In dozens of petitions filed in New York courthouses, public defenders argue that a Supreme Court ruling last month that dramatically expanded gun rights left the government without a case against their clients. .
The court struck down a New York law on the public carrying of handguns, and Judge Clarence Thomas wrote in his ruling that the Second Amendment guarantees a general right to publicly carry handguns. Advocates say that renders New York laws that criminalize gun ownership — and resulting charges against their clients — unconstitutional.
Their arguments mark the opening salvo in what will likely be a protracted legal campaign to use the Supreme Court’s decision to benefit those charged with carrying guns in New York.
Experts say the arguments should not be dismissed out of hand.
“From a legal perspective, based on an analysis of the Supreme Court’s decision, these motions have great merit,” said Steve Zeidman, a law professor at the City University of New York School of Law. and director of its criminal defense clinic.
“The Supreme Court case was certainly a game-changer,” he added. “The question is what is its application to day-to-day arrest, prosecution and adjudication in New York and New York State. And, frankly, across the country.
But so far the judges have not been swayed. In the Bronx, a judge, Ralph Fabrizio, noted that a defendant charged with third-degree criminal possession of a weapon failed to demonstrate or even assert that he applied for a license to carry a Smith and Wesson semi- automatic 9mm loaded.
The Supreme Court, Justice Fabrizio wrote, “did not magically decriminalize the acts of individuals who chose to violate state law by arming themselves and carrying and concealing all the firearms they they wanted to cover up, when and where they wanted to, without bothering to apply for a license.”
Other judges were more concise. Margaret Clancy, also of the Bronx, wrote in a one-page decision on a similar query, “This is absolutely incorrect.”
These cases can be appealed – and at least some probably will be.
Numerous challenges were filed before New York passed a new law this month restricting the public carrying of firearms. Most elements of the measure go into effect in September, and Zeidman said motions challenging it in state criminal court “would be the ones to watch.”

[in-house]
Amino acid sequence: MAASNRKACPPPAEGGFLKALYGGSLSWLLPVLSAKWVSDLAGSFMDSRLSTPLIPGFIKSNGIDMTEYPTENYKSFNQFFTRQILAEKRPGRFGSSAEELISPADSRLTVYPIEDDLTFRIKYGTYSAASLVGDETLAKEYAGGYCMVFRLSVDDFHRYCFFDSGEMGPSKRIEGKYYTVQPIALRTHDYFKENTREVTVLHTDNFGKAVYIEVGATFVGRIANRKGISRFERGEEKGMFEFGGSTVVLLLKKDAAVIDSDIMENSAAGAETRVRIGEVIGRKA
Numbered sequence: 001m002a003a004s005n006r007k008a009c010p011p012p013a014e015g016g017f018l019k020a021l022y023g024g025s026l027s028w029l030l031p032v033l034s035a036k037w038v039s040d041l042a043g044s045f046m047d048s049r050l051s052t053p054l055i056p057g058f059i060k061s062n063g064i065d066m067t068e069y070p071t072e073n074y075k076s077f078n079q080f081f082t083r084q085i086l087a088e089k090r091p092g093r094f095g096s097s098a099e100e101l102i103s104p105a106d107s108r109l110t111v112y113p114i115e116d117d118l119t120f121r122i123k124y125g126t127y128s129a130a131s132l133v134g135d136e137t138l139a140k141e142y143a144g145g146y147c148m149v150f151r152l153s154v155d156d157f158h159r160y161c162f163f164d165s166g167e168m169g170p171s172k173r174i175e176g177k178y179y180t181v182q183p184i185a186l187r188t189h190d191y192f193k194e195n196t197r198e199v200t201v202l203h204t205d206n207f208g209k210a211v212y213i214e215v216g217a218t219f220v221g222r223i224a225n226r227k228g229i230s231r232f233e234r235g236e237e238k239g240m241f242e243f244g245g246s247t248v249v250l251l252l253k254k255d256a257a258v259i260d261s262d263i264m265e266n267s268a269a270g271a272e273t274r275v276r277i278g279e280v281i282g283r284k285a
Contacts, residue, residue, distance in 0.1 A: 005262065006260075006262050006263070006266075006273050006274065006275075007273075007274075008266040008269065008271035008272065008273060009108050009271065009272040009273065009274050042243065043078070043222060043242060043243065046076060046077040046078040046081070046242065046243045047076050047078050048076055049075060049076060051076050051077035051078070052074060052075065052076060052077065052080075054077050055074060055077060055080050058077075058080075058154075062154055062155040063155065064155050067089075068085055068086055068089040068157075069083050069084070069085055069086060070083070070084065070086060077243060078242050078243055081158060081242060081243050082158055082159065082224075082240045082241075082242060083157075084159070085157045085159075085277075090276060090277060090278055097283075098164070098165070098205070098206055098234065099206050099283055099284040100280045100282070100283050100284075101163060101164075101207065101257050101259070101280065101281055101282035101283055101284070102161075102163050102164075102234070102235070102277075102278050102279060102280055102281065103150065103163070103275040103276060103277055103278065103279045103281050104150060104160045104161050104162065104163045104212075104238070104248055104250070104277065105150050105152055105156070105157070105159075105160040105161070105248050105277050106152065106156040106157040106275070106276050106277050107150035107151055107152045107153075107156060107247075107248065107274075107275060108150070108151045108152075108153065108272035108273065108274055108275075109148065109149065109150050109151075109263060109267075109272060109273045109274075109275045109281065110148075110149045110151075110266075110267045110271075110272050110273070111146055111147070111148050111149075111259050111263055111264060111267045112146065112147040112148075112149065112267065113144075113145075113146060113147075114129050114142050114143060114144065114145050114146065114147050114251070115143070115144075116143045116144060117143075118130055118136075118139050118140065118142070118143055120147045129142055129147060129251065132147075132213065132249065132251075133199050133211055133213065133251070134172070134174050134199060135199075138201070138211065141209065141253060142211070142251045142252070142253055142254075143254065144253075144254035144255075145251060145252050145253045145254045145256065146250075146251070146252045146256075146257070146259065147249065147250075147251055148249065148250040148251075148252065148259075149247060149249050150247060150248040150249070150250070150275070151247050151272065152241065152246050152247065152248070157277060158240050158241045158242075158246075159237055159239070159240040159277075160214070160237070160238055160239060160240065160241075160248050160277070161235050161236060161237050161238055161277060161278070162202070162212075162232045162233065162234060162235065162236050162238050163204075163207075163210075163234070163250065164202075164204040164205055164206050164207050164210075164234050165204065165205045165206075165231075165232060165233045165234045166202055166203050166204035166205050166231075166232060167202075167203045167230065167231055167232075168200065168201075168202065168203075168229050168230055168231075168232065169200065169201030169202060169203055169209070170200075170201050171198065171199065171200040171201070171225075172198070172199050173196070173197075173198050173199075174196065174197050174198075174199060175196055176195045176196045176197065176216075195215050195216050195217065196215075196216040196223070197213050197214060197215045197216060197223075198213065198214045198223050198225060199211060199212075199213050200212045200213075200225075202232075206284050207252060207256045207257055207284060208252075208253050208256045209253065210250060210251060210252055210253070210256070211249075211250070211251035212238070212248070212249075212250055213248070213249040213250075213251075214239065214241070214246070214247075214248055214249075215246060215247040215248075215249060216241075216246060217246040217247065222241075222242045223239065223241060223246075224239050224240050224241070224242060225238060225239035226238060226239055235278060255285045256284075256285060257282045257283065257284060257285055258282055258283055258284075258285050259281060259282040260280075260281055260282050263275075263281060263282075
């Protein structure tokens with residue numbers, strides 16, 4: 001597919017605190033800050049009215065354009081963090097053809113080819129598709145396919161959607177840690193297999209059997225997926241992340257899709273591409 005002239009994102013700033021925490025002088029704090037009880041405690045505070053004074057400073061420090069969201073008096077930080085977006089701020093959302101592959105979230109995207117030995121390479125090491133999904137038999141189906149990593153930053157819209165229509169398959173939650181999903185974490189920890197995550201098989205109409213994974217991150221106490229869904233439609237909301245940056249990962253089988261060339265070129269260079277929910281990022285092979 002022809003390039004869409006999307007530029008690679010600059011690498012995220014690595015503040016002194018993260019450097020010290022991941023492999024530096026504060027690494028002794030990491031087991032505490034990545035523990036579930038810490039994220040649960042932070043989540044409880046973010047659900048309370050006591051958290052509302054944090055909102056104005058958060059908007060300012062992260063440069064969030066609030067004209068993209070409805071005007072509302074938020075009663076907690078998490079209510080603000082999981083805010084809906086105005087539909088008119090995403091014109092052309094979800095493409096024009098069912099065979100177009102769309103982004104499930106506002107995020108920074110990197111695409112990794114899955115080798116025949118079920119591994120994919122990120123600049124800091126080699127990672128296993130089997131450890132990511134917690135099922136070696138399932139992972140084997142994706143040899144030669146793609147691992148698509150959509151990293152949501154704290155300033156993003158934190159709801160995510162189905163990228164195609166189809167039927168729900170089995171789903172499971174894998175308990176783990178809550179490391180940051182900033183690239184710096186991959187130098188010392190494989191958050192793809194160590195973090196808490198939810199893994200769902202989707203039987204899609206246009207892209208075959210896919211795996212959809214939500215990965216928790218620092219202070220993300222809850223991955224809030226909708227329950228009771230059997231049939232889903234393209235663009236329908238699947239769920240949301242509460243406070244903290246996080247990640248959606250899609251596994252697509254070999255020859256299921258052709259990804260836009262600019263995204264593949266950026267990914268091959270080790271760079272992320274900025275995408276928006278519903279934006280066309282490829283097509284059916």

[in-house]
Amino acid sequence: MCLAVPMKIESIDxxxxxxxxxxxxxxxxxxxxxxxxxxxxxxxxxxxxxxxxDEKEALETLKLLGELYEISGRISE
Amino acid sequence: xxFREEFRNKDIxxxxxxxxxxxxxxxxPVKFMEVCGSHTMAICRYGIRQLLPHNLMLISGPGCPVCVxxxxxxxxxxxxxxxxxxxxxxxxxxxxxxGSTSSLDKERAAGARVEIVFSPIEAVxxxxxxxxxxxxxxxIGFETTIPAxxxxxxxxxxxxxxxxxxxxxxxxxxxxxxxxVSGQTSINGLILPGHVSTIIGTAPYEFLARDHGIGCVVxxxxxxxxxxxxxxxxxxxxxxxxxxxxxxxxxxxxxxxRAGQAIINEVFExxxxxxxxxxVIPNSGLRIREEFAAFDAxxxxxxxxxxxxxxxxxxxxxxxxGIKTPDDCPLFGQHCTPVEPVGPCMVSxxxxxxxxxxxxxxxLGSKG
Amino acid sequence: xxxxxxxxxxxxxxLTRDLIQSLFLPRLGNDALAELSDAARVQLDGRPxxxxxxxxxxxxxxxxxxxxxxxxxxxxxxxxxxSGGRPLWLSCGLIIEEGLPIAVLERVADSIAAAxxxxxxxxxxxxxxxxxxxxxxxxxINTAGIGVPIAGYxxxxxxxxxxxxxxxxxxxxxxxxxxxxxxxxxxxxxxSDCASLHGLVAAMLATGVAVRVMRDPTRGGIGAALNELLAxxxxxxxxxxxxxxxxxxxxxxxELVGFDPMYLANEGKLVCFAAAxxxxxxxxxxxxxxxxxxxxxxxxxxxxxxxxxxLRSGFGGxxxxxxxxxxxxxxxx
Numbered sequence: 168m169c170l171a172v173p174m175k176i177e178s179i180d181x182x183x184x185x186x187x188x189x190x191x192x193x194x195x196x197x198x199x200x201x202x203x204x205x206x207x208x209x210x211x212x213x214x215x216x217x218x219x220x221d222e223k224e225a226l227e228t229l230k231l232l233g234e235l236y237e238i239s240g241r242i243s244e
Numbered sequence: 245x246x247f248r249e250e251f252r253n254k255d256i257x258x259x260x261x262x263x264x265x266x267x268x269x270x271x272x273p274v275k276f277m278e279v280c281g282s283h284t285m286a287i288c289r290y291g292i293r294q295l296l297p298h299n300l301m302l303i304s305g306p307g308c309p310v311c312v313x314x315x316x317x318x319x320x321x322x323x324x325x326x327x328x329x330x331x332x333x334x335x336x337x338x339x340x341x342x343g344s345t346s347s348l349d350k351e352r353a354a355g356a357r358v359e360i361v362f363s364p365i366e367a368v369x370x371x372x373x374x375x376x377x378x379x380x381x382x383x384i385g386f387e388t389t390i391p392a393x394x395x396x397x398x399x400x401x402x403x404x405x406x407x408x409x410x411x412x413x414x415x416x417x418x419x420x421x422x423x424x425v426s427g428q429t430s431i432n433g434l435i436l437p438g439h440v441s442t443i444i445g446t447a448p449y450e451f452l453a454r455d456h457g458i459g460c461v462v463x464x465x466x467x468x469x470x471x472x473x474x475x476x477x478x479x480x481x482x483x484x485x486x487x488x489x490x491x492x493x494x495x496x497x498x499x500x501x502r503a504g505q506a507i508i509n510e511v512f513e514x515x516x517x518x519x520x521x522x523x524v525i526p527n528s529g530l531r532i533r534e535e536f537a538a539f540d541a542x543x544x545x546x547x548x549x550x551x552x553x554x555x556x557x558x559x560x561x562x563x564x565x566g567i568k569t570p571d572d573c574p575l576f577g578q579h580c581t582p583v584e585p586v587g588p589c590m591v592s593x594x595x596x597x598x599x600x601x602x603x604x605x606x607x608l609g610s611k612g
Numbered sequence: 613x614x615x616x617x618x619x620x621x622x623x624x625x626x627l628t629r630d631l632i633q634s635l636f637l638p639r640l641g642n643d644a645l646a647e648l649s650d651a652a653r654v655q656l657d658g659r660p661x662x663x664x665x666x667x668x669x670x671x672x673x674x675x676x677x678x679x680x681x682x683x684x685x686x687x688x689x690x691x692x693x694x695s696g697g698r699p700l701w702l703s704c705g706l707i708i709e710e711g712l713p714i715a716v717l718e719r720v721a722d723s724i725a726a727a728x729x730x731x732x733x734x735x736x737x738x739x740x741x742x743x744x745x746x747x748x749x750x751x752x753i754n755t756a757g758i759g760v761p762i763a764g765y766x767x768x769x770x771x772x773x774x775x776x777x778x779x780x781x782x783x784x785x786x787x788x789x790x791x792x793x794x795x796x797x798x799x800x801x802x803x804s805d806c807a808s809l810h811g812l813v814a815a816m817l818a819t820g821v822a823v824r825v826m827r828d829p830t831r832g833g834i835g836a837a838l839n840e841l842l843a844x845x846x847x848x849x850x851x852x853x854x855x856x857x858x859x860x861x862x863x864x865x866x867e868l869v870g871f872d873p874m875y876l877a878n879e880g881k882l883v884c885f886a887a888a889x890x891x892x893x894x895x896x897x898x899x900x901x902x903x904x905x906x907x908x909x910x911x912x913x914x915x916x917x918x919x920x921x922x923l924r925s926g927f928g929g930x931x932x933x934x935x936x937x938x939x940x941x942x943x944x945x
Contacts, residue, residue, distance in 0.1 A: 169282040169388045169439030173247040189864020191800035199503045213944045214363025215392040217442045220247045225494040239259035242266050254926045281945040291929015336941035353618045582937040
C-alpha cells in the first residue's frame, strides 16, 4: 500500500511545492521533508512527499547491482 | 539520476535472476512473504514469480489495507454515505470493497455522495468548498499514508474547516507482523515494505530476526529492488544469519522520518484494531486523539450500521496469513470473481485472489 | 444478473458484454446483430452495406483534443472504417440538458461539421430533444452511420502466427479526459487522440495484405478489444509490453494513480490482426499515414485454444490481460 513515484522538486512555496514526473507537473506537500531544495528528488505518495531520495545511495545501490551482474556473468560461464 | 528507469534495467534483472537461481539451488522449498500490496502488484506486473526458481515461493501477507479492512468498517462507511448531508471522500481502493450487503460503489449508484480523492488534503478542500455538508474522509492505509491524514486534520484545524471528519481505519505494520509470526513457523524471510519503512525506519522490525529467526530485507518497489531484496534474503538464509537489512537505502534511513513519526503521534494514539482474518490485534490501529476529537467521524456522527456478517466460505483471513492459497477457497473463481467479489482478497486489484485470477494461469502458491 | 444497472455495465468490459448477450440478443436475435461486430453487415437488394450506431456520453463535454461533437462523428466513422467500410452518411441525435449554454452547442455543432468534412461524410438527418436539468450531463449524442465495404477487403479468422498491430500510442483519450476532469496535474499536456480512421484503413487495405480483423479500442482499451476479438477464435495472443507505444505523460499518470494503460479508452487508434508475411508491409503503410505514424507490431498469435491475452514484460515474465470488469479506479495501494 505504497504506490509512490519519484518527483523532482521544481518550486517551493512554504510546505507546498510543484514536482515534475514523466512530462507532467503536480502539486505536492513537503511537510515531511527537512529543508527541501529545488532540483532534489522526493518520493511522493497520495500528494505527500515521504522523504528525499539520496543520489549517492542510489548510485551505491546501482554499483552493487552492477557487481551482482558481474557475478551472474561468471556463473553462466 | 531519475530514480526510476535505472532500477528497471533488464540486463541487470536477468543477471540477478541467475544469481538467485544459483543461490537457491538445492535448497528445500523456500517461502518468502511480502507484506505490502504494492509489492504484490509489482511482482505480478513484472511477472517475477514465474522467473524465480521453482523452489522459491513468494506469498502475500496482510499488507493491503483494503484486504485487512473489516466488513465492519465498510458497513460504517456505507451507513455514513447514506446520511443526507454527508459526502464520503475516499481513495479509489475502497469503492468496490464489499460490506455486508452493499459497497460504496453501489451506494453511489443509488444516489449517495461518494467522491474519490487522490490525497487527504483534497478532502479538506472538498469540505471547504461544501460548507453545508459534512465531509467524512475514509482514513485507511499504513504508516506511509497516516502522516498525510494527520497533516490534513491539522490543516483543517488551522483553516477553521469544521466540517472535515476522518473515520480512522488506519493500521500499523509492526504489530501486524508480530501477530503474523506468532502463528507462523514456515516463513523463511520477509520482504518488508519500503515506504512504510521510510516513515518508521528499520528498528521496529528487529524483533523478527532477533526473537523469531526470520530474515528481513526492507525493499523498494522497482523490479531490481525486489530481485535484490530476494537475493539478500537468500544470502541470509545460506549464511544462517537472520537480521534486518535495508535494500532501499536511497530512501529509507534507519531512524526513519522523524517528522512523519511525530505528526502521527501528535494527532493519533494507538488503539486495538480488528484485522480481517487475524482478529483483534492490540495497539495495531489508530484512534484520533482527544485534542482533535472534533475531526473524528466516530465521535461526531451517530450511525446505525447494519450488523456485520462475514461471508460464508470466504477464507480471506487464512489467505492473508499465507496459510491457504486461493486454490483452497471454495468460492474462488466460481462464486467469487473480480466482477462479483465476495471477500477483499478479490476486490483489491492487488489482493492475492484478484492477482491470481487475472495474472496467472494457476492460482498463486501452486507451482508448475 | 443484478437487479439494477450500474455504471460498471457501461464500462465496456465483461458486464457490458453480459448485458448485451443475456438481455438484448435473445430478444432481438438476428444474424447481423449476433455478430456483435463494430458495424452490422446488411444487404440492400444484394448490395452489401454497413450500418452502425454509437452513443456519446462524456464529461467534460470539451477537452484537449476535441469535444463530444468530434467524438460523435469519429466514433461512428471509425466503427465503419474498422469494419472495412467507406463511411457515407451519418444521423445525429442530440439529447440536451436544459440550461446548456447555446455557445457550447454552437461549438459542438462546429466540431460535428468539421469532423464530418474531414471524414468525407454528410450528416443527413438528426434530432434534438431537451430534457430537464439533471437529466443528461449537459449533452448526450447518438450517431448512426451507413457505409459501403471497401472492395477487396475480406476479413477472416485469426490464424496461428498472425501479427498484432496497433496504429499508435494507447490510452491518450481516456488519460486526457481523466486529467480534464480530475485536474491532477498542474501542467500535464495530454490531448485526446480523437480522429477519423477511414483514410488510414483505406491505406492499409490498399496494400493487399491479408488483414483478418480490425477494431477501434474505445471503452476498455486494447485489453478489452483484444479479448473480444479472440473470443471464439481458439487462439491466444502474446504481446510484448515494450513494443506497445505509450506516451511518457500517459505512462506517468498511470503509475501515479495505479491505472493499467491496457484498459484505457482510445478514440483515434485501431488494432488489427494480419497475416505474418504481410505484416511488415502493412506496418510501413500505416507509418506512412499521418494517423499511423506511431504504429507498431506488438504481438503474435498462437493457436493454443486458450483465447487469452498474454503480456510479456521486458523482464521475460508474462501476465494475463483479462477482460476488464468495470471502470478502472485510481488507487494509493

The flurry of petitions, first reported by the city, speaks to how the court’s decision has changed the playing field on gun laws in even the most liberal cities.
The Legal Aid Society would not say how many motions citing the Supreme Court decision it has filed. But the organization’s chief criminal defense practice attorney, Tina Luongo, said in a statement: “As we always have, we will advance all valid and available legal arguments in defense of our customers and will continue to urge decision makers to focus on real solutions. to armed violence, which lie outside the criminal justice system.
Public defender organizations are primarily driven by client interests. This sometimes pushes them to make unexpected alliances, as with gun rights organizations in the Supreme Court case. Forty years ago, they teamed up with the Police Benevolent Association of New York City to successfully fight a state law that would have removed some of the protections enjoyed by grand jury witnesses.
Aidan Johnston, director of federal affairs for Gun Owners of America, an advocacy group, said he supports the goal of the defenders’ motions.
“Violent criminals should be punished to the fullest extent of the law,” he said. “But owning a gun, carrying a gun in public, is not a crime. And New York has violated the right of New Yorkers to carry firearms in public for decades. »
Racial equity is a key reason advocates have backed two upstate residents’ successful challenge to the century-old gun law, which they say was applied too often in a manner discriminatory. The law had required those who wished to bear arms in public in New York to show a particularly pressing need. Judge Thomas wrote in the decision that the law offered too much discretion to local authorities and generally trampled on the Second Amendment.
In a brief filed with the court ahead of its ruling, city advocate groups including Black Legal Aid Lawyers, Bronx Defenders and the Brooklyn Defender Service said they support the annulment of the law. They argued that “New York enacted its gun licensing requirements to criminalize gun ownership by racial and ethnic minorities. This remains the effect of its enforcement by police and prosecutors today.
But some prosecutors and elected officials, while supportive of arguments about fairness in enforcement, say the court’s decision left the state with the right to enforce reasonable gun regulations.
“More guns on our streets lead to more violence,” Manhattan District Attorney Alvin Bragg said in a statement. “New York’s strict gun regulations and strict licensing regime have been instrumental in keeping us safe, and it’s imperative that we follow those laws.”
A spokesman for Brooklyn District Attorney Eric Gonzalez called the court’s decision a “catastrophe” but said the office did not believe it would affect those charged with unlawful possession of weapons who have not never applied for a license or were denied a license.
“We will continue to take all necessary steps to protect Brooklyn residents from illegal firearms,” he said.
And Zellnor Myrie, a state senator who represents Brooklyn’s mid and south wards, said data should be kept on how gun regulations are enforced to account for racial disparities.
But, he said, the state still needs to protect residents from a flood of firearms, especially those brandished without a license.
“The public safety imperative to keep guns off our streets is strong,” he said. “And I hope the courts will continue to look at it the same way.”